Bacterial Attachment Response on Titanium Surfaces with Nanometric Topographic Features
The bacterial attachment response on titanium surfaces with various degrees of nano-roughness in the range of 14 nm to 0.6 nm has been investigated. Titanium surfaces were fabricated from commercial purity grade 2 (as-received) titanium, titanium modified by equal channel angular pressing (modified titanium) and titanium thin film of 12 nm and 150 nm obtained using a magnetron sputtering system. The chemical composition, wettability and surface architecture of Ti surfaces were characterised using X-ray photoelectron spectroscopy, contact angle measurements and atomic force microscopy. Two human pathogenic bacteria, Staphylococcus aureus CIP 68.5 and Pseudomonas aeruginosa ATCC 9025 were found to respond differently to each of the tested surfaces. The results indicate that bacteria can differentiate between surfaces with the fine (less than 1 nm) change of topographic characteristics, the number of retained cells differing by a factor of up to 2.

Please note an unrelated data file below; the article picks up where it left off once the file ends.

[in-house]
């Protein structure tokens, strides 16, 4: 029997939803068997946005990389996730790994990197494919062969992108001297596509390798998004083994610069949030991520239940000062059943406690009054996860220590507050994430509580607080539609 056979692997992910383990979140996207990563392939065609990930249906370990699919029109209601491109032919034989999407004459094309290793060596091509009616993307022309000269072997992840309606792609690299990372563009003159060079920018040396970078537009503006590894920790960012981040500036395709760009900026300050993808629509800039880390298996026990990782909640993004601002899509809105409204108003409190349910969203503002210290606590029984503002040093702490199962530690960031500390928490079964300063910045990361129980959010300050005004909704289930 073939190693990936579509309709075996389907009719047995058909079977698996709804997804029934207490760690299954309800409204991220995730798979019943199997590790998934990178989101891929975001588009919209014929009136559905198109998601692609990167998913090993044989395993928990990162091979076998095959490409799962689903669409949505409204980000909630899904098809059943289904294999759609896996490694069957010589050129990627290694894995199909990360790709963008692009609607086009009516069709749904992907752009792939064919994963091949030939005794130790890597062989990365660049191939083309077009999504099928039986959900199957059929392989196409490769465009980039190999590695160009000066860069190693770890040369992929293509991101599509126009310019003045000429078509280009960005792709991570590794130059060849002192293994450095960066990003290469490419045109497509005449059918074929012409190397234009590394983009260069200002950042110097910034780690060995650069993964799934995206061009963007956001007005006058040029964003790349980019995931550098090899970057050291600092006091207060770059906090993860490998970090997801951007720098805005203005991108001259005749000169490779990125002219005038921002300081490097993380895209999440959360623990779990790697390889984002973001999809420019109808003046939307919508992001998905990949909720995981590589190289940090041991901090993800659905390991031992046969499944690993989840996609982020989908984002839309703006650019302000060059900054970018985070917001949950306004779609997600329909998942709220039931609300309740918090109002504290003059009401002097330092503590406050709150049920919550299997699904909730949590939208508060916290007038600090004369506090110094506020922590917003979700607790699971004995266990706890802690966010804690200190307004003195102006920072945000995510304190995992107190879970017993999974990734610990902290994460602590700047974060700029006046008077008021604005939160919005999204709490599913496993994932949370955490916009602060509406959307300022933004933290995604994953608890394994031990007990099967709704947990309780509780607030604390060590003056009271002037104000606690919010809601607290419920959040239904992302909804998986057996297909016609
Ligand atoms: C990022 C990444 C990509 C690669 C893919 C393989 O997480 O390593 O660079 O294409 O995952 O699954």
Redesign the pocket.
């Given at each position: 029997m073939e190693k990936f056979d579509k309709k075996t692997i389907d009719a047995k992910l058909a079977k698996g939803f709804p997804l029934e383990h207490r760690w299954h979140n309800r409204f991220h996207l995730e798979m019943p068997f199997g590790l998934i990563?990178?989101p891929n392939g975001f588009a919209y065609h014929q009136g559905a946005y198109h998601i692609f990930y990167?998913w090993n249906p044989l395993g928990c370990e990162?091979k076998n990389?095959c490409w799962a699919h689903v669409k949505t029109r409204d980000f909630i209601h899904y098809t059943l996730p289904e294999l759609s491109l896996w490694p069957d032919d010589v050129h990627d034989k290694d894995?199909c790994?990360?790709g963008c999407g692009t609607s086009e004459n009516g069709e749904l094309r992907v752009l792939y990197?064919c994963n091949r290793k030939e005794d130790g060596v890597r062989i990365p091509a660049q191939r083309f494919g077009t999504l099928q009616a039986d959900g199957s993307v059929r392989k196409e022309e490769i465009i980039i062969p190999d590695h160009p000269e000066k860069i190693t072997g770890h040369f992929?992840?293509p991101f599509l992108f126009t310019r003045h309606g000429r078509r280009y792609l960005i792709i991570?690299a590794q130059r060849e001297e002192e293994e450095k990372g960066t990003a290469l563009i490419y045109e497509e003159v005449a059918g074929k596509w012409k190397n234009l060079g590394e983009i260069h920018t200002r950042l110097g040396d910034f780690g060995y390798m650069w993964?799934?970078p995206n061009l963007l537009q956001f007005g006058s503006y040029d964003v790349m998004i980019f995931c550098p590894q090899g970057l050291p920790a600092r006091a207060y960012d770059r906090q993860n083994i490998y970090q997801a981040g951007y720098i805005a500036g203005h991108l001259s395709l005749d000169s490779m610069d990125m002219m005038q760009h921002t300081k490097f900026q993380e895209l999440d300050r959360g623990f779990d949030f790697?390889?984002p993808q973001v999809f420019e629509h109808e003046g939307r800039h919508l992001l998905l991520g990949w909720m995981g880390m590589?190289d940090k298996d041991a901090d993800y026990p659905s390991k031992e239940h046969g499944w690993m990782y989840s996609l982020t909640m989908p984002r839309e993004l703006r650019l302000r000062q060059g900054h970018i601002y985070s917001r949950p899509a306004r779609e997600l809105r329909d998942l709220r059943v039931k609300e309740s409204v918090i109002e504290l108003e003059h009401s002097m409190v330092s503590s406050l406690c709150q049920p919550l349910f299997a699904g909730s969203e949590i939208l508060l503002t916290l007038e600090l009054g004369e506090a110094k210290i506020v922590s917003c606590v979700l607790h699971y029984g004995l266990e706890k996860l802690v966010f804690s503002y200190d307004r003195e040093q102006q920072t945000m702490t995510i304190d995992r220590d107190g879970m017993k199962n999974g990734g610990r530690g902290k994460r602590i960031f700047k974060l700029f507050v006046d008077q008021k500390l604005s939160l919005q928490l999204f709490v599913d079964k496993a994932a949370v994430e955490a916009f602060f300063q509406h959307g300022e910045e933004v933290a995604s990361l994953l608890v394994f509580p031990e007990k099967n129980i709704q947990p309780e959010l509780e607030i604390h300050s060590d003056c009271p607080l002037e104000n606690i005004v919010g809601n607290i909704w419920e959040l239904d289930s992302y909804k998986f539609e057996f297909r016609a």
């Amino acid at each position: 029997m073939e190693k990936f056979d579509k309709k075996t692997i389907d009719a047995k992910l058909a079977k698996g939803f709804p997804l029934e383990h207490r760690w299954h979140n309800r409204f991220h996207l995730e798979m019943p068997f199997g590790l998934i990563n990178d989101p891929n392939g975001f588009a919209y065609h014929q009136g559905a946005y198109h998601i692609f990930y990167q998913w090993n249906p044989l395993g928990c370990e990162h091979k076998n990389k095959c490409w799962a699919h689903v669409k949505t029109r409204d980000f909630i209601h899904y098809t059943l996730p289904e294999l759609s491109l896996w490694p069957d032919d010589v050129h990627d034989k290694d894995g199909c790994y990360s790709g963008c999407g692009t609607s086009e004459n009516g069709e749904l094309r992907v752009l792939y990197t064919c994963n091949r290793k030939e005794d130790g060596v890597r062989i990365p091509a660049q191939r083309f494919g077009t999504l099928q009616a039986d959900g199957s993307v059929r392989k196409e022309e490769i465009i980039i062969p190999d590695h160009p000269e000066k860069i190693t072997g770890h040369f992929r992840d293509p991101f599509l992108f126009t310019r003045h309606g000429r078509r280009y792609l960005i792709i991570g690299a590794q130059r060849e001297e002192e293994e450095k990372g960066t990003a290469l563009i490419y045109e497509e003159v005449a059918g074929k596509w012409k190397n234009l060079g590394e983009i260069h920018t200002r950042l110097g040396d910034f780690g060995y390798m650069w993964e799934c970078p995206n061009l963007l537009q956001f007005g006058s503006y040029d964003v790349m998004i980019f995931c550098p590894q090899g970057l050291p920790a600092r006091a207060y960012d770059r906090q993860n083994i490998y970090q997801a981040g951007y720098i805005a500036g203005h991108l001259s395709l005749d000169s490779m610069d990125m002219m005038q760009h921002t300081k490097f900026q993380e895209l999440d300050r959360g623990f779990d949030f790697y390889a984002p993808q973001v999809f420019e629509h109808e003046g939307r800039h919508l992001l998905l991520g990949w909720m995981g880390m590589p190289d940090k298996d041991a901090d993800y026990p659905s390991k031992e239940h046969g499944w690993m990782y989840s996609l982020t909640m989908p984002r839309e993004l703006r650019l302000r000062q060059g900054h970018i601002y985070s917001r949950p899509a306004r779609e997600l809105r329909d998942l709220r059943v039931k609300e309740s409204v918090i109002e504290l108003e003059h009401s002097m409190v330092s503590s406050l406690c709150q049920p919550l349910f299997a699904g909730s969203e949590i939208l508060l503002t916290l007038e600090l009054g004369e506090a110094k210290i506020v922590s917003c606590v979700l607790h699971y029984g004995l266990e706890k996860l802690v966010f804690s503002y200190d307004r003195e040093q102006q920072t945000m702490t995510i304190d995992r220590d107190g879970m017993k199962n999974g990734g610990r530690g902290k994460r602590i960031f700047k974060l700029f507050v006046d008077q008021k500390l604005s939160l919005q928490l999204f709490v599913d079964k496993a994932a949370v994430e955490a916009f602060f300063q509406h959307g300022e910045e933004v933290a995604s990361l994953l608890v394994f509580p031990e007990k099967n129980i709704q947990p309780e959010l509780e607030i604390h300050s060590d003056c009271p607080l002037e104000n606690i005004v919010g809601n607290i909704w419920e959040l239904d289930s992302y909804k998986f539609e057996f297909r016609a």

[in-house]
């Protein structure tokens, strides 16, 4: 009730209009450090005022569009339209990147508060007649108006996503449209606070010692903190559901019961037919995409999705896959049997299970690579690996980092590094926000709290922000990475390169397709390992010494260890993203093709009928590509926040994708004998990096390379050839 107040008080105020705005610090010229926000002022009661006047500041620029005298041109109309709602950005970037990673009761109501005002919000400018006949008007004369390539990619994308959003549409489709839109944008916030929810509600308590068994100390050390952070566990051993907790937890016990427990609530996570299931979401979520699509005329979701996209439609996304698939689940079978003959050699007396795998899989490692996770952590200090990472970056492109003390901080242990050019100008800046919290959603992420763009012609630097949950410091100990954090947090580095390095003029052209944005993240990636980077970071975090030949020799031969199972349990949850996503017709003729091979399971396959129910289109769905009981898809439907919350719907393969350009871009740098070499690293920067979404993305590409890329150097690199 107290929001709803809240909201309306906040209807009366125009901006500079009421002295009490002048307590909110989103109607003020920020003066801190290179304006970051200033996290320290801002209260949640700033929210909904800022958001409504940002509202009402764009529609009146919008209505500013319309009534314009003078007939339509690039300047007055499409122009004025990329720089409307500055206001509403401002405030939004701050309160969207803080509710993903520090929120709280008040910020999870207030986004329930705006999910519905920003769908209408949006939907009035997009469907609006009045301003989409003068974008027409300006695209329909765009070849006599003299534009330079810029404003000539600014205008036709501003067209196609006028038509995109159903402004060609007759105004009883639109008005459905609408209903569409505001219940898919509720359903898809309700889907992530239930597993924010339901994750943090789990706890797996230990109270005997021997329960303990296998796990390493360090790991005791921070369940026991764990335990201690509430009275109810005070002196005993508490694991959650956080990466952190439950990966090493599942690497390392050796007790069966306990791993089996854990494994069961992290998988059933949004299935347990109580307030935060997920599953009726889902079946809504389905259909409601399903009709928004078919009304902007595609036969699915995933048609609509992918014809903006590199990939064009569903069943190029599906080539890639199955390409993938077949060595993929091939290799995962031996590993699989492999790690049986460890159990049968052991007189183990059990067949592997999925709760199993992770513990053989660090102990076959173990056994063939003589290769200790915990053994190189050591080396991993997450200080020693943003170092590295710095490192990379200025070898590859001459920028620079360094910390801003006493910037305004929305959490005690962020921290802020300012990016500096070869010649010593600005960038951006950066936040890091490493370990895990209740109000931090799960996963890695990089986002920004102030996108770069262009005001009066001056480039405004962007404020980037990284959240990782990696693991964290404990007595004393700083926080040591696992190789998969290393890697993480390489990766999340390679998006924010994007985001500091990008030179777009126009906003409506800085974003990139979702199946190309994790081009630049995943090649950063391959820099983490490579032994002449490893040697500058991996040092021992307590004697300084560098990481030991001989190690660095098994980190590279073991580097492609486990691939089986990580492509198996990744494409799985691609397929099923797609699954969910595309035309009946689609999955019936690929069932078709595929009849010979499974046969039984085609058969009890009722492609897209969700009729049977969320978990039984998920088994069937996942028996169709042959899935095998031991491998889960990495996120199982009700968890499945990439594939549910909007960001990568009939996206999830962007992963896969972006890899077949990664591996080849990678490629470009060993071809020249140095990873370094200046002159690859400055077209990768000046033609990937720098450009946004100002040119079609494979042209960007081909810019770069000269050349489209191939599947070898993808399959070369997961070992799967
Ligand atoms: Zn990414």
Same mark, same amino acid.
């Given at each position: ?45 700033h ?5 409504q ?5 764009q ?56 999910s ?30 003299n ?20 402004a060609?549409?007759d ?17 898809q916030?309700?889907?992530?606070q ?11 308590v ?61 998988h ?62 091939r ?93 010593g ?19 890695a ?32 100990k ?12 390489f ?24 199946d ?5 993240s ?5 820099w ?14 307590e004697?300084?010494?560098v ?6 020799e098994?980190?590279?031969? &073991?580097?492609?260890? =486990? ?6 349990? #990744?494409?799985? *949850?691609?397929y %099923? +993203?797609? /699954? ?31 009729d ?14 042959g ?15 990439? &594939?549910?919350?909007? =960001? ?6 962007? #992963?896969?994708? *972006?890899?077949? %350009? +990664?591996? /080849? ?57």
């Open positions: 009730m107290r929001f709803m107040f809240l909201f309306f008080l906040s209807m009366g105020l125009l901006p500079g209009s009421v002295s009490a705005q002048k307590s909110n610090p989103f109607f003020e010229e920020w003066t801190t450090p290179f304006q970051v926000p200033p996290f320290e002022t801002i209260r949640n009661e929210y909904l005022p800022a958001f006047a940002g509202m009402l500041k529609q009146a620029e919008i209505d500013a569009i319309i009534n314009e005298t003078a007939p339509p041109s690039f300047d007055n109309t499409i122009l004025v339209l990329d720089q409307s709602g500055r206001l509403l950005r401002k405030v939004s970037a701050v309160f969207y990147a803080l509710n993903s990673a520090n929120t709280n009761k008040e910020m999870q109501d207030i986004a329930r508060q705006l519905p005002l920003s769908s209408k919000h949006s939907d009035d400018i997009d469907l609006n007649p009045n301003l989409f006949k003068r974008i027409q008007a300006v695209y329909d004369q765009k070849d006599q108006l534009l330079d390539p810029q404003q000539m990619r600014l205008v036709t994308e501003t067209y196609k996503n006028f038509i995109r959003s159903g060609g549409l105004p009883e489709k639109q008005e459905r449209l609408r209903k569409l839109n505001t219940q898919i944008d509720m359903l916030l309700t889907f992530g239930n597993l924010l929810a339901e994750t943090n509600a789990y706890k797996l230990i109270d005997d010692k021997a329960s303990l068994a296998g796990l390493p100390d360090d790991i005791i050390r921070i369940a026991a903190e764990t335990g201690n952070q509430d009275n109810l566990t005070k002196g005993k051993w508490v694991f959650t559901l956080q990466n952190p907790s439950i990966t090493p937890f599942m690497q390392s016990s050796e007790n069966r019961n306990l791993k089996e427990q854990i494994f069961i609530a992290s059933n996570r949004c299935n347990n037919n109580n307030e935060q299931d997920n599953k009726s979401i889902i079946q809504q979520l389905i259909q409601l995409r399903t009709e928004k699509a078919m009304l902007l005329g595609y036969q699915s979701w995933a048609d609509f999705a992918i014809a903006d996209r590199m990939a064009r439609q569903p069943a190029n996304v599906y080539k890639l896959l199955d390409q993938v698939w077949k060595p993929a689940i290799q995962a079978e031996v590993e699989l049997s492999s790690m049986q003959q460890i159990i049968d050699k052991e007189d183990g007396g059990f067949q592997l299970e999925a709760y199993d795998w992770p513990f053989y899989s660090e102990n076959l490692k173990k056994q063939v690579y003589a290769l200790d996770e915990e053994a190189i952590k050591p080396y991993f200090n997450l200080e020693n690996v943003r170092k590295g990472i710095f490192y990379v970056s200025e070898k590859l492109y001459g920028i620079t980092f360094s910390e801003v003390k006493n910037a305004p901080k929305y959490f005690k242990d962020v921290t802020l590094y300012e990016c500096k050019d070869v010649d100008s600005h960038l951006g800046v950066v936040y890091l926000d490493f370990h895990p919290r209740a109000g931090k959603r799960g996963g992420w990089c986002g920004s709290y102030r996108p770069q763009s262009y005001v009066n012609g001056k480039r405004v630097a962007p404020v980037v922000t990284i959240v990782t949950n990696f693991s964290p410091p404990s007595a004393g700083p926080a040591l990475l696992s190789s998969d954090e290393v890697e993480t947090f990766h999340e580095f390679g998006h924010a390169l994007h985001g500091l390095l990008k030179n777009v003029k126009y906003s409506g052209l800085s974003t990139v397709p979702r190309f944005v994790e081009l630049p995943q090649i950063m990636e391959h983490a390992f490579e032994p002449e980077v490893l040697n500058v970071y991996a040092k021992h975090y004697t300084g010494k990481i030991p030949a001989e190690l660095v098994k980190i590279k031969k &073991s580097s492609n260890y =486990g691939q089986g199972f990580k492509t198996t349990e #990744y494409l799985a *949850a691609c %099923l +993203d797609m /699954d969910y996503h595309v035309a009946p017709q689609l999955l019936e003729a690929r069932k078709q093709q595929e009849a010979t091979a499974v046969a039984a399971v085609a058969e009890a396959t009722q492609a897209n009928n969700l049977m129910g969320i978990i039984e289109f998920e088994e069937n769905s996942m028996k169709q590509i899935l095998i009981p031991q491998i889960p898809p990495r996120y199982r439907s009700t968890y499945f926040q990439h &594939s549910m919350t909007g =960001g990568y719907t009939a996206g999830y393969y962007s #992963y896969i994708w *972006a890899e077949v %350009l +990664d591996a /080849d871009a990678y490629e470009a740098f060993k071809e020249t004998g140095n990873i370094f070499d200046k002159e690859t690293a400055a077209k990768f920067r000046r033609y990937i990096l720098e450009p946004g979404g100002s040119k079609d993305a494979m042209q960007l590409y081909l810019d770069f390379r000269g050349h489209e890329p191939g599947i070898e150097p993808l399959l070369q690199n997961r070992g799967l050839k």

KeywordsTitanium surfaces Equal channel angular pressing (ECAP) Titanium thin films Bacterial adhesion Staphylococcus aureus Pseudomonas aeruginosa Nanotopography
This study was supported in part by Australian Research Council (ARC) and Advanced Manufacturing CRC. VKT is a recipient of Postgraduate Swinburne University Postgraduate Research Award. YE would like to acknowledge support through World Class University project of National Research Foundation of Korea funded by the Ministry of Education, Science and Technology (R31-2008-000-10075-0).
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